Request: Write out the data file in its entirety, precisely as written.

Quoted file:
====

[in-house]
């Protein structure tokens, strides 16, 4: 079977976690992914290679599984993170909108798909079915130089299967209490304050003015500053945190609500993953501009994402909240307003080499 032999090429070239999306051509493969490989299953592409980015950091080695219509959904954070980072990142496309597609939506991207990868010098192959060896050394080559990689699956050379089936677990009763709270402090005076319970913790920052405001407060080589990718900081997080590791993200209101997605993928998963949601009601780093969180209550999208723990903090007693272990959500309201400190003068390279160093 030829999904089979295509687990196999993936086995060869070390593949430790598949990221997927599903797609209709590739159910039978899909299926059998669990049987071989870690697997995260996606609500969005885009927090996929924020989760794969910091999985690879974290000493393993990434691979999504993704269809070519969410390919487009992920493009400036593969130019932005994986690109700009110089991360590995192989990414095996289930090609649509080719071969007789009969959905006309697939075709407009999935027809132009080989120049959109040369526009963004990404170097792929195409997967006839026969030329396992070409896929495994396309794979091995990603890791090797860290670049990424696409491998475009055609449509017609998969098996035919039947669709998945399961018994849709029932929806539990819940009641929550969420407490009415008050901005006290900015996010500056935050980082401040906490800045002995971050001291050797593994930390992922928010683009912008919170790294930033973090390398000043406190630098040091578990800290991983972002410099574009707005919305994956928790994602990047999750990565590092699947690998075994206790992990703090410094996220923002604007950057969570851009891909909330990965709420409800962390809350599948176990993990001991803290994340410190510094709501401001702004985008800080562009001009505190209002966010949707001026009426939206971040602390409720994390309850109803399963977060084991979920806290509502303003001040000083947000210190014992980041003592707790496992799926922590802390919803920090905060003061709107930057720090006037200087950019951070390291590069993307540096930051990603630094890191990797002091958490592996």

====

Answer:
[in-house]
């Protein structure tokens, strides 16, 4: 079977976690992914290679599984993170909108798909079915130089299967209490304050003015500053945190609500993953501009994402909240307003080499 032999090429070239999306051509493969490989299953592409980015950091080695219509959904954070980072990142496309597609939506991207990868010098192959060896050394080559990689699956050379089936677990009763709270402090005076319970913790920052405001407060080589990718900081997080590791993200209101997605993928998963949601009601780093969180209550999208723990903090007693272990959500309201400190003068390279160093 030829999904089979295509687990196999993936086995060869070390593949430790598949990221997927599903797609209709590739159910039978899909299926059998669990049987071989870690697997995260996606609500969005885009927090996929924020989760794969910091999985690879974290000493393993990434691979999504993704269809070519969410390919487009992920493009400036593969130019932005994986690109700009110089991360590995192989990414095996289930090609649509080719071969007789009969959905006309697939075709407009999935027809132009080989120049959109040369526009963004990404170097792929195409997967006839026969030329396992070409896929495994396309794979091995990603890791090797860290670049990424696409491998475009055609449509017609998969098996035919039947669709998945399961018994849709029932929806539990819940009641929550969420407490009415008050901005006290900015996010500056935050980082401040906490800045002995971050001291050797593994930390992922928010683009912008919170790294930033973090390398000043406190630098040091578990800290991983972002410099574009707005919305994956928790994602990047999750990565590092699947690998075994206790992990703090410094996220923002604007950057969570851009891909909330990965709420409800962390809350599948176990993990001991803290994340410190510094709501401001702004985008800080562009001009505190209002966010949707001026009426939206971040602390409720994390309850109803399963977060084991979920806290509502303003001040000083947000210190014992980041003592707790496992799926922590802390919803920090905060003061709107930057720090006037200087950019951070390291590069993307540096930051990603630094890191990797002091958490592996």